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Re: Concrete T beams/ ribbed slabs

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Andrew,

It would appear that the difference in "full" width vs. "effective" width
would depend on the type of beam in question.

As per the code, the full width is used for an isolated beam.  This means
a T-beam that does NOT have a slab "connected" to it.  An excellent
example of this would be precast double-tee beam or something similar.  In
otherwords, there is not slab placed monolithically with the T-beam
flange.  As a result, the cantilever length would be the distance from the
web of the T-beam to the tip of the flange of the isolated T-beam.

The effective width would be for when you have a slab that is placed
monolithically with the flange of the T-beam but is not necessarily
designed with reinforcement to span perpendicular to the T-beam.  Thus,
you don't really have a nice clear cut cantilever, and so you must use the
effective width of the the flange per section 8.10.2 or 8.10.3 for the
cantilever length.

As far as how wide of a strip to use, I would suggest that would draw two
45 deg lines from the location of the application of the load (i.e. full
width for cantilever or effective width) to the web.  Then use the width
of the triangle created.  Or you could use yield line analysis as Peter
suggested.

FYI, a good concrete book is MacGregor's book (Reinforced Concrete:
Mechanics and Design).  It has a section on yield line analysis if you
need it and also gave a rather good explanation of the full vs. effective
width (although my edition is a little dated...uses the '89 code if I
recall correctly).

BTW, I would suggest that you at least use fy=40 ksi for 1930's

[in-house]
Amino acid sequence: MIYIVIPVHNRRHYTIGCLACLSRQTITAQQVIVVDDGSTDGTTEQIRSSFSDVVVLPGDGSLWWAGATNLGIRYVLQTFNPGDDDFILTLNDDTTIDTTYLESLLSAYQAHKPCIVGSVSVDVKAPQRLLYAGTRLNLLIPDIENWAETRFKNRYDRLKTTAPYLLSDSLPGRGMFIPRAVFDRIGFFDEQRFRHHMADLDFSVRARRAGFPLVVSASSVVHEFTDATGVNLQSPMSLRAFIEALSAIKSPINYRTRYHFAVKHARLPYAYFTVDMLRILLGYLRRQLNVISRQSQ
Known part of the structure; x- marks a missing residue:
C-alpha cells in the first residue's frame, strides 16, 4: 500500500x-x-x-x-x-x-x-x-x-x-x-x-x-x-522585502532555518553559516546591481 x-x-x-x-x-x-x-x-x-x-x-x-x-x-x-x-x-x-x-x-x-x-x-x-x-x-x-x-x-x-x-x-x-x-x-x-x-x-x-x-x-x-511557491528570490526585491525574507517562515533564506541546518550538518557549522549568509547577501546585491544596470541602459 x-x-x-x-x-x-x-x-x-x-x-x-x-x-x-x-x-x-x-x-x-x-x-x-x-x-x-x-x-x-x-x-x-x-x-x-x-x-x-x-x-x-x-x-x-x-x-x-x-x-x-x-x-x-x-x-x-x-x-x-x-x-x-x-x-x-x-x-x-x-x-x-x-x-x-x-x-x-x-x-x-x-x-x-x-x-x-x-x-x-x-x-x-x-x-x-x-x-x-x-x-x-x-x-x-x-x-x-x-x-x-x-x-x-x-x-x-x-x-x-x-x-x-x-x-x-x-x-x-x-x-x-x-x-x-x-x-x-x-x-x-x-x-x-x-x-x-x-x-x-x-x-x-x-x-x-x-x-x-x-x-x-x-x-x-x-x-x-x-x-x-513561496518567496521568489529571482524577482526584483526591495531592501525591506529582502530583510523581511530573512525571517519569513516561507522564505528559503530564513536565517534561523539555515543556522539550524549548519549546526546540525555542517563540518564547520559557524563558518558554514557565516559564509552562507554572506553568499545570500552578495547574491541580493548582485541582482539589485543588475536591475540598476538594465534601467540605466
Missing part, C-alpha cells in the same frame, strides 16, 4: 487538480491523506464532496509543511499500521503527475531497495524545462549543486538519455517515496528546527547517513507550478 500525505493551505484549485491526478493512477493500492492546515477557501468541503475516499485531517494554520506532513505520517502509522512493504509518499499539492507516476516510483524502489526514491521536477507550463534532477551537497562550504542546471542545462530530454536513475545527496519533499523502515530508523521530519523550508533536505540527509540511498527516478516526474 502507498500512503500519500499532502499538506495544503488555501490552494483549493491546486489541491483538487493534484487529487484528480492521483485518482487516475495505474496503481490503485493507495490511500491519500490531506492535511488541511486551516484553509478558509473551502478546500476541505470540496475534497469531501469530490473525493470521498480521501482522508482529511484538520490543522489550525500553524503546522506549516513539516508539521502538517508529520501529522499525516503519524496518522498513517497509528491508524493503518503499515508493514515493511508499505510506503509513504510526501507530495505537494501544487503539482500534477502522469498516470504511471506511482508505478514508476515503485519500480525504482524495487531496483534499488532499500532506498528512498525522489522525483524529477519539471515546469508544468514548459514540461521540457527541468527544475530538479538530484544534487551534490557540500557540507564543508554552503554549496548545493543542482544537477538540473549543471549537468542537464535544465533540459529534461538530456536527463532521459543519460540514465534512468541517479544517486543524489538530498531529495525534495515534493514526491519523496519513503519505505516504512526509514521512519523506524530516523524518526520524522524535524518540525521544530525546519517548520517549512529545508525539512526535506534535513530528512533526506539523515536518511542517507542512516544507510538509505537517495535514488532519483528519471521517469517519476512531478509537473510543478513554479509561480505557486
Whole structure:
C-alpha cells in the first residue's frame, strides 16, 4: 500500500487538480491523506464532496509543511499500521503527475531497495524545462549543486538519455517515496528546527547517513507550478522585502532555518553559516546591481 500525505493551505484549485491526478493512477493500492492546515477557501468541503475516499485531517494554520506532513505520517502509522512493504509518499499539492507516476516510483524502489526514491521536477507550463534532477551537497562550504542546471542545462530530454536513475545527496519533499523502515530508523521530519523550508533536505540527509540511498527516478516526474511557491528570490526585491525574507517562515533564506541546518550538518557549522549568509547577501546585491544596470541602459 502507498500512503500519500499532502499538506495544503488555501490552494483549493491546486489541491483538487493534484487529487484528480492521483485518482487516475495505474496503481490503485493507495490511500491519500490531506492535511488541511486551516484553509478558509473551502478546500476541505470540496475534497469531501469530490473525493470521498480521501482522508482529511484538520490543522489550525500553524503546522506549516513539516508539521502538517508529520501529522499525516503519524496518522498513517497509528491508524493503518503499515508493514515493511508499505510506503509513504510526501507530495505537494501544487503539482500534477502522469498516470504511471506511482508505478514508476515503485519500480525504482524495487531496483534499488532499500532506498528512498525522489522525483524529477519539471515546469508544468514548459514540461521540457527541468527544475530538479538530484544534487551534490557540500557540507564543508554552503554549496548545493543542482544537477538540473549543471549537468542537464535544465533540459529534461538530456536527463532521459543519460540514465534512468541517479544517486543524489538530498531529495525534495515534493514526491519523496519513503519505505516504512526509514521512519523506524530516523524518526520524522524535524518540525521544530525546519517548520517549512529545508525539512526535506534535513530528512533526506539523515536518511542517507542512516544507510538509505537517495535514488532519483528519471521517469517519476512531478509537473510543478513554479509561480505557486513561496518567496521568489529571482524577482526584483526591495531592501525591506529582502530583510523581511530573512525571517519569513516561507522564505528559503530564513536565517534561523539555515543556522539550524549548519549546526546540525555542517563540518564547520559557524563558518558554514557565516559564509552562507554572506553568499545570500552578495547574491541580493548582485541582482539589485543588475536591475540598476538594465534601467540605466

construction.  It may even be slightly smaller, but it is highly unlikely
that it was 60 ksi.  It was not until the 80s and 90s that Grade 60 steel
became much more prevelent.

HTH,

Scott
Ypsilanti, MI


On Tue, 3 Dec 2002, Andrew D. Kester wrote:

>  I am doing an analysis on an existing building and I have one last check
> that is giving me fits, and the ACI is a little unclear. What I am trying to
> do is check the bending and shear stress in the flange of a T beam, that is,
> the stress transverse to the web. There is a point load at the very end of
> the flange, and the joint where two T beams meet, and this cantilevered
> moment causes a bending stress at the face of the web where the flange joins
> the web. I hope this is clear.
>
> ACI 8.10.5
> Where primary flexural reinforcment in a slab is considered as a T-beam
> flange is parallalel to the beam, reinforcment perpendicular to the beam
> shall be provided in the top of the slab in accordance with the following:
>
>      8.10.5.1   - Transverse reinforcement shall be designed to carry the
> factored load on the overhanging slab width assumed to act as a cantilever.
> For isolated beams, the full width of overhanging flange shall be
> considered. For other T-beams, only the effective overhanging slab width
> need be considered.
>
>
> I do not know what they mean by the full width or the effective width of the
> overhanging slab. The way I assumed you were supposed to check it was from
> the edge of the slab to the face of the web where the flange cantilevers
> from. A bigger question for me is how wide of  a strip to use as a model for
> the beam width of the flange. Since the transverse reinforcement is at 8"
> o.c., and this seems like a reasonable width, this is what I used. The
> flange fails, it is only 50% of the required factored moment.
>
> Another question is do you know anything specific I should be aware of in
> concrete construction from the 1930s? I was assuming 3000psi concrete and
> fy=60000psi, but I am thinking at least the steel is probably less. It does
> not say on the drawings I have. The transverse reinforcement is called out
> as 1/4" diameter bars.
>
> The specifics if you want to know:
>
> T-beam
> web width= 5"
> depth total= 10"
> flange thickness= 2"
> flange width=10" from face of web, or 25" total (10" x 2 flanges + 5" web)
>
> Transverse/temperature reinforcement: 1/4" diameter bars @ 8" o.c. (in a 2"
> flange/deck)
>
>
> Thank you in advance for any suggestions/ advice.
>
> Andrew Kester, EI
> Longwood, FL
>
>
>
>
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